“CEP allows schools to offer breakfast and lunch each day at no cost to all students. CEP also eliminates unpaid meal charges, minimizes stigma, reduces paperwork for school nutrition staff and families, and streamlines meal service operations,” the USDA said when the program was finalized in September 2023. Other benefits of the program listed by the USDA are “decreased hunger, positive impacts on academic performance, [and] improves household food security.”
While TPS has been a partial participant in the
(CEP ) program since before the COVID-19 pandemic it did not take advantage of the opportunity to enroll all students on multiple occasions. This year, OSDE records reflect 395 Oklahoma schools enrolled in the CEP program provide free meals to 134,470 students. Eighty-seven Oklahoma school districts include all their schools and students in the free meals program.
Asked about Tulsa’s partial participation, Jennifer Weber, Program Director of OSDE’s Child Nutrition Programs, would only say, “We want as many districts and schools to participate in CEP as fully as possible.”
Oklahoma City, the state’s second largest school district, has fully participated in the CEP program since 2018. Crystal Raymond, Media Relations Manager for Oklahoma City Public Schools, told the Eagle, “OKCPS feeds all students at no cost through CEP.”
TPS CFO told the Eagle the origins of restricting CEP participation to elementary school students “preceded my time” but was probably based on a cost benefit analysis. When The Eagle inquired why TPS had not included secondary students after the pandemic, Robles said, “It didn’t make sense to move to the CEP for secondary because it would mean less subsidy than if we use the forms.”
In a written statement Robles later added, “[T}he differentiated setup we’ve discussed already let us provide the best quality nutritional services to Tulsa Public Schools students with the least possible financial burden to their families.”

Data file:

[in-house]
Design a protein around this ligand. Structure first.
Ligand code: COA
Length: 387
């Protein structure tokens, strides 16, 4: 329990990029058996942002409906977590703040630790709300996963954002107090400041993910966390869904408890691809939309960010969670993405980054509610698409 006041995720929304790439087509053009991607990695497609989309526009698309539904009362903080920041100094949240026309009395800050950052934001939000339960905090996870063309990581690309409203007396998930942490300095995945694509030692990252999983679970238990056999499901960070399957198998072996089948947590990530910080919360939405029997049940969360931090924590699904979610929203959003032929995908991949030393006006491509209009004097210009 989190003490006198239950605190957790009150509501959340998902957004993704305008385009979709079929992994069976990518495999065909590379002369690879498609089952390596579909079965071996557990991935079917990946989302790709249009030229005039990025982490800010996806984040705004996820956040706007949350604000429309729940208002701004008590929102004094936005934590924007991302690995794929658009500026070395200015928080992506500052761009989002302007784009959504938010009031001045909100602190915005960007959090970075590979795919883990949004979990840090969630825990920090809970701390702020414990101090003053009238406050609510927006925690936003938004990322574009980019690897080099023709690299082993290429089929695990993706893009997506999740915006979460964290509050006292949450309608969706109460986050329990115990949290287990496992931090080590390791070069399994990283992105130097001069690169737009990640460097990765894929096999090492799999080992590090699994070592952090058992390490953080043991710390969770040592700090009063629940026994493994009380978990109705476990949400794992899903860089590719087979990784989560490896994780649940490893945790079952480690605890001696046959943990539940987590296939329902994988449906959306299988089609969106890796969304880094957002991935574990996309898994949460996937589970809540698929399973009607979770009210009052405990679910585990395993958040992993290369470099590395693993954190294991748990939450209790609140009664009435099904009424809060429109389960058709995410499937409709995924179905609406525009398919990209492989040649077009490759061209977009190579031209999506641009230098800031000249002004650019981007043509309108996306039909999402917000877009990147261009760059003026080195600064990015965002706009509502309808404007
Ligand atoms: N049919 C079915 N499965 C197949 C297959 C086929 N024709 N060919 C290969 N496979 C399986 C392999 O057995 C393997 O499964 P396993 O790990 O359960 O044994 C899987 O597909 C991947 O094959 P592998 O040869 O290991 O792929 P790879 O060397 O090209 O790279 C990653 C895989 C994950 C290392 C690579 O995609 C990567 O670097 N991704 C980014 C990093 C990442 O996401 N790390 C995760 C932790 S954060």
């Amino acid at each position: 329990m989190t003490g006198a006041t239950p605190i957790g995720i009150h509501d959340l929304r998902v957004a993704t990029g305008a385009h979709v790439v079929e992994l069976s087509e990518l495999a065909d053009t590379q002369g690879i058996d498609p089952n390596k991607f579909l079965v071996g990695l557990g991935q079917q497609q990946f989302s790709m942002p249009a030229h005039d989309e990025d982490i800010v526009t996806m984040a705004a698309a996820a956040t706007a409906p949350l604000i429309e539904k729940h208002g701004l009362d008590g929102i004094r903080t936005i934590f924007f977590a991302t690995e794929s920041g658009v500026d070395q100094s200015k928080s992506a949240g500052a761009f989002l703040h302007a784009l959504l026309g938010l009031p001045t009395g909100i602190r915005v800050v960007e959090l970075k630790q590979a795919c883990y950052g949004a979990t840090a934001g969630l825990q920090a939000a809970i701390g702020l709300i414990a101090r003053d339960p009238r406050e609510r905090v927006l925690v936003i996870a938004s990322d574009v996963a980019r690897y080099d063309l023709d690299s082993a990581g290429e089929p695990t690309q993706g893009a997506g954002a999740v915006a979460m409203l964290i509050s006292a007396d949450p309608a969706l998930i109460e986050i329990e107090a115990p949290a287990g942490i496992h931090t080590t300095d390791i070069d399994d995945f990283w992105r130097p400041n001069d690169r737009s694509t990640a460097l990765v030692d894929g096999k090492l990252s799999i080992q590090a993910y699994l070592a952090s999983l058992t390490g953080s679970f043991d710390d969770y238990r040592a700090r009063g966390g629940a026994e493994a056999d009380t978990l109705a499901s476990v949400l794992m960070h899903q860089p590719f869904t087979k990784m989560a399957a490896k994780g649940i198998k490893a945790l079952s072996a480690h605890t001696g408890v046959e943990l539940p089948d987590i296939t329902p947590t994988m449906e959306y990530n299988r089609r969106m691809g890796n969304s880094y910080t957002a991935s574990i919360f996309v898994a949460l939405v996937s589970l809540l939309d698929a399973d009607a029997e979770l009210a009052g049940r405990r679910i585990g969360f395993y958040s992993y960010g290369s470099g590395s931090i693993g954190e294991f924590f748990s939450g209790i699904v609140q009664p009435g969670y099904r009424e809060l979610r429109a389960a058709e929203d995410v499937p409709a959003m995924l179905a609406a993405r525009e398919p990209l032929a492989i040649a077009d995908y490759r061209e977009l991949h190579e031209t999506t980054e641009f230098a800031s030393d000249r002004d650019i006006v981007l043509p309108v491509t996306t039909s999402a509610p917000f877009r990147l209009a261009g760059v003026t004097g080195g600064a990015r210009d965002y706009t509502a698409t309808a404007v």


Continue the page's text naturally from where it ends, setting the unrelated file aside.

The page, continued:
But when addressing the 2024-25 prospective expansion Robles also added, “We are excited for the opportunity to have the entire district in CEP and all the benefits this will offer to our secondary students.”
TPS will make the changes
OSDE records reveal that TPS could have elected to include all of the district’s students in the free meal program in 2019 or before. Had TPS exercised that option district-wide in 2019 as its USDA “base year,” it would have been fully reimbursed for 80 percent of student meals and partially compensated for the remaining 20% based on the CEP formula. The district must make up any cost difference with local or state-appropriated funds between USDA partially subsidized funding and actual meal cost for the 20% of students.
Weighing the alternatives, the Tulsa school district has carved out only elementary schools for full student participation in free meals. That left secondary schools to provide free meals to only some students who met the household income eligibility requirements.
However, in its new rule-making this year, the USDA altered the funding formula making the CEP alternative more financially attractive. The new rules also reduce a school district’s minimum threshold requirement, providing a more accessible and streamlined automatic meal program.
According to TPS’s Robles, USDA rule changes will provide a more significant subsidy for the Tulsa school district. Therefore, Robles said, TPS will include secondary students beginning in the school year 2024-25, but only when the “economics of that is going to change.” “We can comfortably apply the first semester in the 2024-25 school year.”
Oklahoma Child Nutrition Program Director Weber told the Eagle that the extent of school CEP participation in free meals for all students is an individual school district decision. She added that Oklahoma school districts decline or only partially participate because “they feel like they would have to invest too much.”